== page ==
A Kennesaw State student’s Black Lives Matter flag has been torn down multiple times at the Blake in late September.
Tyler Lovelace, sophomore music performance and music education major hung a Black Lives Matter flag on his porch at the Blake but noticed it was gone days later. He assumed the flag had just fallen at first so he purchased a new one.
He nailed the new flag to his porch with six nails. The next day the flag was gone and most of the nails had been pulled out. Lovelace reported the incident to the Blake office, but management was unable to take action. After Lovelace talked with management, he posted about his flag on Instagram.
“I got a call from the office saying that someone had turned it in,” Lovelace said. “They said they found it in the bushes.”
Lovelace retrieved the flag and used screws to securely attach it to his porch. The flag disappeared two nights later. Lovelace checked the trash and found it placed on the top of the pile in the back.
“Somebody had to have gotten in the trashcan to get it back there,” Lovelace said. “So I did the same thing and I got in there, I got my flag out, and then I put it back up.”
Lovelace purchased another flag and hung it on the porch. He put the flag he retrieved from the bushes in his window. As of Sept. 24, both flags remain in place.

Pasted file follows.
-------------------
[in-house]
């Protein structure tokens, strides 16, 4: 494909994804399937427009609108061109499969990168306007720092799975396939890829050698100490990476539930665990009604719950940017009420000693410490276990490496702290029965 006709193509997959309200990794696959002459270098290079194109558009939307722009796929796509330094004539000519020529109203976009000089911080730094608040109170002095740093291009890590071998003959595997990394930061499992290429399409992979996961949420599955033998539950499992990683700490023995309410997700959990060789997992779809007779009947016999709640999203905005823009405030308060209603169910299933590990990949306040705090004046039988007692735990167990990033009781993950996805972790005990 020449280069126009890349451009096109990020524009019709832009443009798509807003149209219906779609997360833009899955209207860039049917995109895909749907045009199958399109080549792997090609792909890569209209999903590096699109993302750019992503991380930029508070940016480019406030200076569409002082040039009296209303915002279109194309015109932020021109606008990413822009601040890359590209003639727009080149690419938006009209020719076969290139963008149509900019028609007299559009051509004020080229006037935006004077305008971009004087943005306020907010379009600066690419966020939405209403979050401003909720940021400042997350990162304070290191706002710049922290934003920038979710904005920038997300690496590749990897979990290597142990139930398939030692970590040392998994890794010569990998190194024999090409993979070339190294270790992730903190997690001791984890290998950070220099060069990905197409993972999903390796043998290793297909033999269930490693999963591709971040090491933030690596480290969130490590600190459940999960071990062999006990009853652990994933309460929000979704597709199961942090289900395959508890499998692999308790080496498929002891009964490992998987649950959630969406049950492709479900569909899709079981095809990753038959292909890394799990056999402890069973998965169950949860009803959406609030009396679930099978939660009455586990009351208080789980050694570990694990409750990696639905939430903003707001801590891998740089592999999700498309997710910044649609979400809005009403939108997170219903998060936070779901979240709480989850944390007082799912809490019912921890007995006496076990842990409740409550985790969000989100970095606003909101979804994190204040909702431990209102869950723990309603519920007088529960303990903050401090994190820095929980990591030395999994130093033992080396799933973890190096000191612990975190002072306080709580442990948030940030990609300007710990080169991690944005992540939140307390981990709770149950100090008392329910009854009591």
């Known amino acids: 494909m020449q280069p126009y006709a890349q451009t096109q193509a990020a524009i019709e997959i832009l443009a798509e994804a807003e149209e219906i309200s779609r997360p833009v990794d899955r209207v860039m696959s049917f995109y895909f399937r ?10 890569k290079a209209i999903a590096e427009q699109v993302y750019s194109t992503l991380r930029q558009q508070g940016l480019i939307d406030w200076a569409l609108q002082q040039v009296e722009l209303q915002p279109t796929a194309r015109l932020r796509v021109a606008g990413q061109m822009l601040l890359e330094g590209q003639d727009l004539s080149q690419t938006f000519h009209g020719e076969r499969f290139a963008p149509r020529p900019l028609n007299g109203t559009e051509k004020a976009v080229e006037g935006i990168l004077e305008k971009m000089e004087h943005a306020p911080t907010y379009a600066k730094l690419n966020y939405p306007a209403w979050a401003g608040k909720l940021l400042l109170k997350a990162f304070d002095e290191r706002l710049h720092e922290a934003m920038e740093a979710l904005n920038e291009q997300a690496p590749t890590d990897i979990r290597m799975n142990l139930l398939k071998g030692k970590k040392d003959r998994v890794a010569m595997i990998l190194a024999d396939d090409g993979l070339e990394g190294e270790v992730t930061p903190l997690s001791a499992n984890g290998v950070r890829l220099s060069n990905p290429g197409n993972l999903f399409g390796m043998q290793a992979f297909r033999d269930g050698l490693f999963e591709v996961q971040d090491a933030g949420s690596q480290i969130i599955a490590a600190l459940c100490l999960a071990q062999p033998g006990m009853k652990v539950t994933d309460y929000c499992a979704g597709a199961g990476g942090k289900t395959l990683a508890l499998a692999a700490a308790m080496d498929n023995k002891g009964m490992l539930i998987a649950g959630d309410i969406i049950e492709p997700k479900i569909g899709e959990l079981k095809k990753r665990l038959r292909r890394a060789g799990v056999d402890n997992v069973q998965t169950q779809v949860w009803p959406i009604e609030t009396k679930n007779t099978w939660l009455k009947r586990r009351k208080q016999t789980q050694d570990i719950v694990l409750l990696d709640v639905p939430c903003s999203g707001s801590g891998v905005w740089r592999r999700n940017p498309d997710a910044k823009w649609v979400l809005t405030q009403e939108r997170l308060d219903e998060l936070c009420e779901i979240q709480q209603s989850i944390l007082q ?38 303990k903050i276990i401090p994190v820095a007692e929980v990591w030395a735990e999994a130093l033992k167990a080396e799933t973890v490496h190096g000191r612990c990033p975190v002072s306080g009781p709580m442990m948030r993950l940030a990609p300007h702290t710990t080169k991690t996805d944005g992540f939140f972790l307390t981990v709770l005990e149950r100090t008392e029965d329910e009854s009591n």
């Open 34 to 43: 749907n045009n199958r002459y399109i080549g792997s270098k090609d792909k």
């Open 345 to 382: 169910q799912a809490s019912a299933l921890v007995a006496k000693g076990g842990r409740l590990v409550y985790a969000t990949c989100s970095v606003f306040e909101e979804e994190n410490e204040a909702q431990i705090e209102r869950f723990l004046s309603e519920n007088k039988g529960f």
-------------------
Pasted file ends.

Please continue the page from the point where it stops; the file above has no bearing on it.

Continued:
Lovelace says his lease at the Blake does not prohibit flags and one of his neighbors has an American flag that has not been taken down. If the problem persists, Lovelace plans on investing in a small security camera to catch the culprit.
While KSU has not made any statements about specific incidents, University President Pamela Whitten issued a statement about the Black Lives Matter movement online in May of 2020.
“Kennesaw State University is unequivocal in the belief that there is no room for the existence of or the tolerance for any form of racism,” said Assistant Vice President of Communications Tammy DeMel. “The university is deeply committed to constructive dialogue and proactive initiatives with a goal toward real change.”
Additionally, KSU’s Office of Diversity and Inclusion, led by Dr. Sylvia Carey-Butler, administers a number of ongoing and new programs to address the challenges and opportunities of diversity on our campuses, said DeMel.
Carey-Butler is also chairing the President’s Task Force on Race, which was launched in the summer and has been charged with working with stakeholders across both campuses to enable change for KSU communities.
The Task Force has been collecting data through multiple listening sessions with students, faculty and staff, said DeMel. A report on the task force’s findings is due in January.